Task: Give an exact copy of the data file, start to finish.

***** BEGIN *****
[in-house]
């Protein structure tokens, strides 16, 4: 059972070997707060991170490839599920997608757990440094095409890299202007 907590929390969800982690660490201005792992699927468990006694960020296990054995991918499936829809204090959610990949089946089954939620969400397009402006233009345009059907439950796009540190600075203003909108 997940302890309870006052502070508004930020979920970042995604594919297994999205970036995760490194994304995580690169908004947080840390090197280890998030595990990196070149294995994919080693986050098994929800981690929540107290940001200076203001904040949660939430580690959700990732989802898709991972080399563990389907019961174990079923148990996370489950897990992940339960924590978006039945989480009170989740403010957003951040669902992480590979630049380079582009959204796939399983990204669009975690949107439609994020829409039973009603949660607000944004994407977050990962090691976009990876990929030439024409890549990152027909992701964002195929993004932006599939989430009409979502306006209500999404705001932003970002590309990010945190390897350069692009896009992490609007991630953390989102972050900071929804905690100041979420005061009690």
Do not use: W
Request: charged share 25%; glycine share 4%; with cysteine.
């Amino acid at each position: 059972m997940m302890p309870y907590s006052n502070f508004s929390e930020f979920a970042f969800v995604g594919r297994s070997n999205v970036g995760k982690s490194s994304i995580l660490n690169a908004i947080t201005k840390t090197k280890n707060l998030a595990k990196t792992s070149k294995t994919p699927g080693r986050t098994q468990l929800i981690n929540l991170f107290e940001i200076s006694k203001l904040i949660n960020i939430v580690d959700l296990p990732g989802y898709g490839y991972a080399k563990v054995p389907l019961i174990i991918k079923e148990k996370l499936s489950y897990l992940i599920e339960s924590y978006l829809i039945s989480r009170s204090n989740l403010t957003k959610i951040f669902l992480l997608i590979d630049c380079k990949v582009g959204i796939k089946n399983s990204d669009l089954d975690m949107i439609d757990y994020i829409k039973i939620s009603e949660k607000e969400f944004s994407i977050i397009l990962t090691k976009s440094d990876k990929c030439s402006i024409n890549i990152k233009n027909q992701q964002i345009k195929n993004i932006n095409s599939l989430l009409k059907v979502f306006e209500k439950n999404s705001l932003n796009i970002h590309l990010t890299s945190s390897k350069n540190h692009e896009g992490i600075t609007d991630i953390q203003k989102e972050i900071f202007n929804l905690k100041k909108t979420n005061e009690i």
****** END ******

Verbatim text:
[in-house]
């Protein structure tokens, strides 16, 4: 059972070997707060991170490839599920997608757990440094095409890299202007 907590929390969800982690660490201005792992699927468990006694960020296990054995991918499936829809204090959610990949089946089954939620969400397009402006233009345009059907439950796009540190600075203003909108 997940302890309870006052502070508004930020979920970042995604594919297994999205970036995760490194994304995580690169908004947080840390090197280890998030595990990196070149294995994919080693986050098994929800981690929540107290940001200076203001904040949660939430580690959700990732989802898709991972080399563990389907019961174990079923148990996370489950897990992940339960924590978006039945989480009170989740403010957003951040669902992480590979630049380079582009959204796939399983990204669009975690949107439609994020829409039973009603949660607000944004994407977050990962090691976009990876990929030439024409890549990152027909992701964002195929993004932006599939989430009409979502306006209500999404705001932003970002590309990010945190390897350069692009896009992490609007991630953390989102972050900071929804905690100041979420005061009690």
Do not use: W
Request: charged share 25%; glycine share 4%; with cysteine.
């Amino acid at each position: 059972m997940m302890p309870y907590s006052n502070f508004s929390e930020f979920a970042f969800v995604g594919r297994s070997n999205v970036g995760k982690s490194s994304i995580l660490n690169a908004i947080t201005k840390t090197k280890n707060l998030a595990k990196t792992s070149k294995t994919p699927g080693r986050t098994q468990l929800i981690n929540l991170f107290e940001i200076s006694k203001l904040i949660n960020i939430v580690d959700l296990p990732g989802y898709g490839y991972a080399k563990v054995p389907l019961i174990i991918k079923e148990k996370l499936s489950y897990l992940i599920e339960s924590y978006l829809i039945s989480r009170s204090n989740l403010t957003k959610i951040f669902l992480l997608i590979d630049c380079k990949v582009g959204i796939k089946n399983s990204d669009l089954d975690m949107i439609d757990y994020i829409k039973i939620s009603e949660k607000e969400f944004s994407i977050i397009l990962t090691k976009s440094d990876k990929c030439s402006i024409n890549i990152k233009n027909q992701q964002i345009k195929n993004i932006n095409s599939l989430l009409k059907v979502f306006e209500k439950n999404s705001l932003n796009i970002h590309l990010t890299s945190s390897k350069n540190h692009e896009g992490i600075t609007d991630i953390q203003k989102e972050i900071f202007n929804l905690k100041k909108t979420n005061e009690i």